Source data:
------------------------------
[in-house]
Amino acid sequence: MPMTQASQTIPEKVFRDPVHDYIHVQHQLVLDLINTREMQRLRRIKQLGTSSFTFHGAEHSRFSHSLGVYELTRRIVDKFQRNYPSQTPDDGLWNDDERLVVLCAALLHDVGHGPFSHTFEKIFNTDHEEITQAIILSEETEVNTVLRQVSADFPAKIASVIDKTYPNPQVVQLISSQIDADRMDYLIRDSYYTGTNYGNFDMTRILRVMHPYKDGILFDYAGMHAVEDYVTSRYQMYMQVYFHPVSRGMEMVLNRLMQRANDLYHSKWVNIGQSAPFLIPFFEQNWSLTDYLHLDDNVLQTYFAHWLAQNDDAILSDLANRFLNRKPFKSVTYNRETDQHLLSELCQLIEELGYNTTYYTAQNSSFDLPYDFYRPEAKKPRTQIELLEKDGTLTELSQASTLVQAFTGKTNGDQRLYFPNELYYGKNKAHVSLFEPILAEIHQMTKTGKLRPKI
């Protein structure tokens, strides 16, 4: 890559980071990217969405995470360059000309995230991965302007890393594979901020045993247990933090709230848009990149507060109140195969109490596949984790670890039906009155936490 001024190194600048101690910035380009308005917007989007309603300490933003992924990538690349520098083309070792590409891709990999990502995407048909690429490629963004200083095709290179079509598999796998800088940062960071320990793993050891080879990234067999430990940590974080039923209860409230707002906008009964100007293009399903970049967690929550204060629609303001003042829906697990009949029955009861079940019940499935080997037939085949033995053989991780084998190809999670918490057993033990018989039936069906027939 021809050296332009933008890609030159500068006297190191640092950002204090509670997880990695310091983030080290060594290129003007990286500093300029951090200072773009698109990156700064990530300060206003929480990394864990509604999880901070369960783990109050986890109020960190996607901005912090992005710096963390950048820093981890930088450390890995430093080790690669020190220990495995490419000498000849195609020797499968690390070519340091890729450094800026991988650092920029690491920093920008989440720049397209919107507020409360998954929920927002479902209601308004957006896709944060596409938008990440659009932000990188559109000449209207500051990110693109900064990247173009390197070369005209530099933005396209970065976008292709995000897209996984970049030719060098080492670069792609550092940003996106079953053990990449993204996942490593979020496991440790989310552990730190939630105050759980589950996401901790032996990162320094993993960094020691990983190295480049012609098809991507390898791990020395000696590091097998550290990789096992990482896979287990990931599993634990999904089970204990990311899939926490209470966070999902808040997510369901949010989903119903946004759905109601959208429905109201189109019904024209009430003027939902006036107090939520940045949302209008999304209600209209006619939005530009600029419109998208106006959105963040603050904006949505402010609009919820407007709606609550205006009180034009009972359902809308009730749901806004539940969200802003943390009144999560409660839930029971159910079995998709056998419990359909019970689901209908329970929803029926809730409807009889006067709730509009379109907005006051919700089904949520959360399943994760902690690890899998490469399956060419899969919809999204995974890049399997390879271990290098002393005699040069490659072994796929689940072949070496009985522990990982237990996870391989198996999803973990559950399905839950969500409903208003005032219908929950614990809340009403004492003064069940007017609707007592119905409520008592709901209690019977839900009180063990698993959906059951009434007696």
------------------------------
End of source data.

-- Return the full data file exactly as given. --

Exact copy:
[in-house]
Amino acid sequence: MPMTQASQTIPEKVFRDPVHDYIHVQHQLVLDLINTREMQRLRRIKQLGTSSFTFHGAEHSRFSHSLGVYELTRRIVDKFQRNYPSQTPDDGLWNDDERLVVLCAALLHDVGHGPFSHTFEKIFNTDHEEITQAIILSEETEVNTVLRQVSADFPAKIASVIDKTYPNPQVVQLISSQIDADRMDYLIRDSYYTGTNYGNFDMTRILRVMHPYKDGILFDYAGMHAVEDYVTSRYQMYMQVYFHPVSRGMEMVLNRLMQRANDLYHSKWVNIGQSAPFLIPFFEQNWSLTDYLHLDDNVLQTYFAHWLAQNDDAILSDLANRFLNRKPFKSVTYNRETDQHLLSELCQLIEELGYNTTYYTAQNSSFDLPYDFYRPEAKKPRTQIELLEKDGTLTELSQASTLVQAFTGKTNGDQRLYFPNELYYGKNKAHVSLFEPILAEIHQMTKTGKLRPKI
């Protein structure tokens, strides 16, 4: 890559980071990217969405995470360059000309995230991965302007890393594979901020045993247990933090709230848009990149507060109140195969109490596949984790670890039906009155936490 001024190194600048101690910035380009308005917007989007309603300490933003992924990538690349520098083309070792590409891709990999990502995407048909690429490629963004200083095709290179079509598999796998800088940062960071320990793993050891080879990234067999430990940590974080039923209860409230707002906008009964100007293009399903970049967690929550204060629609303001003042829906697990009949029955009861079940019940499935080997037939085949033995053989991780084998190809999670918490057993033990018989039936069906027939 021809050296332009933008890609030159500068006297190191640092950002204090509670997880990695310091983030080290060594290129003007990286500093300029951090200072773009698109990156700064990530300060206003929480990394864990509604999880901070369960783990109050986890109020960190996607901005912090992005710096963390950048820093981890930088450390890995430093080790690669020190220990495995490419000498000849195609020797499968690390070519340091890729450094800026991988650092920029690491920093920008989440720049397209919107507020409360998954929920927002479902209601308004957006896709944060596409938008990440659009932000990188559109000449209207500051990110693109900064990247173009390197070369005209530099933005396209970065976008292709995000897209996984970049030719060098080492670069792609550092940003996106079953053990990449993204996942490593979020496991440790989310552990730190939630105050759980589950996401901790032996990162320094993993960094020691990983190295480049012609098809991507390898791990020395000696590091097998550290990789096992990482896979287990990931599993634990999904089970204990990311899939926490209470966070999902808040997510369901949010989903119903946004759905109601959208429905109201189109019904024209009430003027939902006036107090939520940045949302209008999304209600209209006619939005530009600029419109998208106006959105963040603050904006949505402010609009919820407007709606609550205006009180034009009972359902809308009730749901806004539940969200802003943390009144999560409660839930029971159910079995998709056998419990359909019970689901209908329970929803029926809730409807009889006067709730509009379109907005006051919700089904949520959360399943994760902690690890899998490469399956060419899969919809999204995974890049399997390879271990290098002393005699040069490659072994796929689940072949070496009985522990990982237990996870391989198996999803973990559950399905839950969500409903208003005032219908929950614990809340009403004492003064069940007017609707007592119905409520008592709901209690019977839900009180063990698993959906059951009434007696």